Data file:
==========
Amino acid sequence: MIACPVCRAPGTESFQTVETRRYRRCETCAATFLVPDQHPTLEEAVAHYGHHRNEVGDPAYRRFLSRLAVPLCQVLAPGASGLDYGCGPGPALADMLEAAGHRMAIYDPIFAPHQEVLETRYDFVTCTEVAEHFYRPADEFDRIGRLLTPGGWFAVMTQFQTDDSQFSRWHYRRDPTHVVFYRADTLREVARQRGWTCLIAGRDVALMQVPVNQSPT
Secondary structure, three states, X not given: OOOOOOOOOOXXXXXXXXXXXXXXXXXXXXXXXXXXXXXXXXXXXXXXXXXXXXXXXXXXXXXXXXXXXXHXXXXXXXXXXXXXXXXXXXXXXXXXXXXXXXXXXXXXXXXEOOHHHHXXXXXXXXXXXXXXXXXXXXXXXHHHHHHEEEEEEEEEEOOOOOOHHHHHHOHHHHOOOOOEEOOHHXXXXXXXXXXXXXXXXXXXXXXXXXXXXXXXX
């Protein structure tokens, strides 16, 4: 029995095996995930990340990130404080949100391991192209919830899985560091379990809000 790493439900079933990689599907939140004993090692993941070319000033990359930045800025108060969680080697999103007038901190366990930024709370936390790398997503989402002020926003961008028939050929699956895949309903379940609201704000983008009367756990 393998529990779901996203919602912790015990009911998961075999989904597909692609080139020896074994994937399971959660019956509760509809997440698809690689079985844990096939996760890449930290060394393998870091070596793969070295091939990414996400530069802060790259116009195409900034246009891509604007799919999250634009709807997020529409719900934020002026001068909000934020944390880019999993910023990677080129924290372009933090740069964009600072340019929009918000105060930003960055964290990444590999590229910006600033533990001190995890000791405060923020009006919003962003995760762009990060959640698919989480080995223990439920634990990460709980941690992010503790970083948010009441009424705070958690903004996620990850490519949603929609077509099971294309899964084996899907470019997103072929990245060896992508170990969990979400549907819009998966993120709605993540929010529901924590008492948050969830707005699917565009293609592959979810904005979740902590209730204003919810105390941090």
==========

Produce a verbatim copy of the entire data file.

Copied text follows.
Amino acid sequence: MIACPVCRAPGTESFQTVETRRYRRCETCAATFLVPDQHPTLEEAVAHYGHHRNEVGDPAYRRFLSRLAVPLCQVLAPGASGLDYGCGPGPALADMLEAAGHRMAIYDPIFAPHQEVLETRYDFVTCTEVAEHFYRPADEFDRIGRLLTPGGWFAVMTQFQTDDSQFSRWHYRRDPTHVVFYRADTLREVARQRGWTCLIAGRDVALMQVPVNQSPT
Secondary structure, three states, X not given: OOOOOOOOOOXXXXXXXXXXXXXXXXXXXXXXXXXXXXXXXXXXXXXXXXXXXXXXXXXXXXXXXXXXXXHXXXXXXXXXXXXXXXXXXXXXXXXXXXXXXXXXXXXXXXXEOOHHHHXXXXXXXXXXXXXXXXXXXXXXXHHHHHHEEEEEEEEEEOOOOOOHHHHHHOHHHHOOOOOEEOOHHXXXXXXXXXXXXXXXXXXXXXXXXXXXXXXXX
């Protein structure tokens, strides 16, 4: 029995095996995930990340990130404080949100391991192209919830899985560091379990809000 790493439900079933990689599907939140004993090692993941070319000033990359930045800025108060969680080697999103007038901190366990930024709370936390790398997503989402002020926003961008028939050929699956895949309903379940609201704000983008009367756990 393998529990779901996203919602912790015990009911998961075999989904597909692609080139020896074994994937399971959660019956509760509809997440698809690689079985844990096939996760890449930290060394393998870091070596793969070295091939990414996400530069802060790259116009195409900034246009891509604007799919999250634009709807997020529409719900934020002026001068909000934020944390880019999993910023990677080129924290372009933090740069964009600072340019929009918000105060930003960055964290990444590999590229910006600033533990001190995890000791405060923020009006919003962003995760762009990060959640698919989480080995223990439920634990990460709980941690992010503790970083948010009441009424705070958690903004996620990850490519949603929609077509099971294309899964084996899907470019997103072929990245060896992508170990969990979400549907819009998966993120709605993540929010529901924590008492948050969830707005699917565009293609592959979810904005979740902590209730204003919810105390941090």